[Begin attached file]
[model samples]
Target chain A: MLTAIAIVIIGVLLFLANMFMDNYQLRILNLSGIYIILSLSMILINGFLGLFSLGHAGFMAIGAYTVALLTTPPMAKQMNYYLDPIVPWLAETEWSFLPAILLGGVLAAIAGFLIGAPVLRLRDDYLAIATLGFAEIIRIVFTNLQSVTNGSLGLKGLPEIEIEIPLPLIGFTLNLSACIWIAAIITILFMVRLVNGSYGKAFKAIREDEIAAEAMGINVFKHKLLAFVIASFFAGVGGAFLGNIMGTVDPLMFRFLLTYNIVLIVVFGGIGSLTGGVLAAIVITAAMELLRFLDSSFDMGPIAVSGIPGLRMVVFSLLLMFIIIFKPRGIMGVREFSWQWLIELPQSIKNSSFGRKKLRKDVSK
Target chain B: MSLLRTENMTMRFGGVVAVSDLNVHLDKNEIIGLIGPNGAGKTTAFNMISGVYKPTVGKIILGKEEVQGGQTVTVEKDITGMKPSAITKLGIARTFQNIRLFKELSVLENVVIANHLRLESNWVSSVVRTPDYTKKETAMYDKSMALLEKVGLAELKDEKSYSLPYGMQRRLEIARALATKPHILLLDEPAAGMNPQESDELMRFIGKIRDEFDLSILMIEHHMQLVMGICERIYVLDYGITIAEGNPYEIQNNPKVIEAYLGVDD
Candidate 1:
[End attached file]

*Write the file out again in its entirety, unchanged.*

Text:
[model samples]
Target chain A: MLTAIAIVIIGVLLFLANMFMDNYQLRILNLSGIYIILSLSMILINGFLGLFSLGHAGFMAIGAYTVALLTTPPMAKQMNYYLDPIVPWLAETEWSFLPAILLGGVLAAIAGFLIGAPVLRLRDDYLAIATLGFAEIIRIVFTNLQSVTNGSLGLKGLPEIEIEIPLPLIGFTLNLSACIWIAAIITILFMVRLVNGSYGKAFKAIREDEIAAEAMGINVFKHKLLAFVIASFFAGVGGAFLGNIMGTVDPLMFRFLLTYNIVLIVVFGGIGSLTGGVLAAIVITAAMELLRFLDSSFDMGPIAVSGIPGLRMVVFSLLLMFIIIFKPRGIMGVREFSWQWLIELPQSIKNSSFGRKKLRKDVSK
Target chain B: MSLLRTENMTMRFGGVVAVSDLNVHLDKNEIIGLIGPNGAGKTTAFNMISGVYKPTVGKIILGKEEVQGGQTVTVEKDITGMKPSAITKLGIARTFQNIRLFKELSVLENVVIANHLRLESNWVSSVVRTPDYTKKETAMYDKSMALLEKVGLAELKDEKSYSLPYGMQRRLEIARALATKPHILLLDEPAAGMNPQESDELMRFIGKIRDEFDLSILMIEHHMQLVMGICERIYVLDYGITIAEGNPYEIQNNPKVIEAYLGVDD
Candidate 1: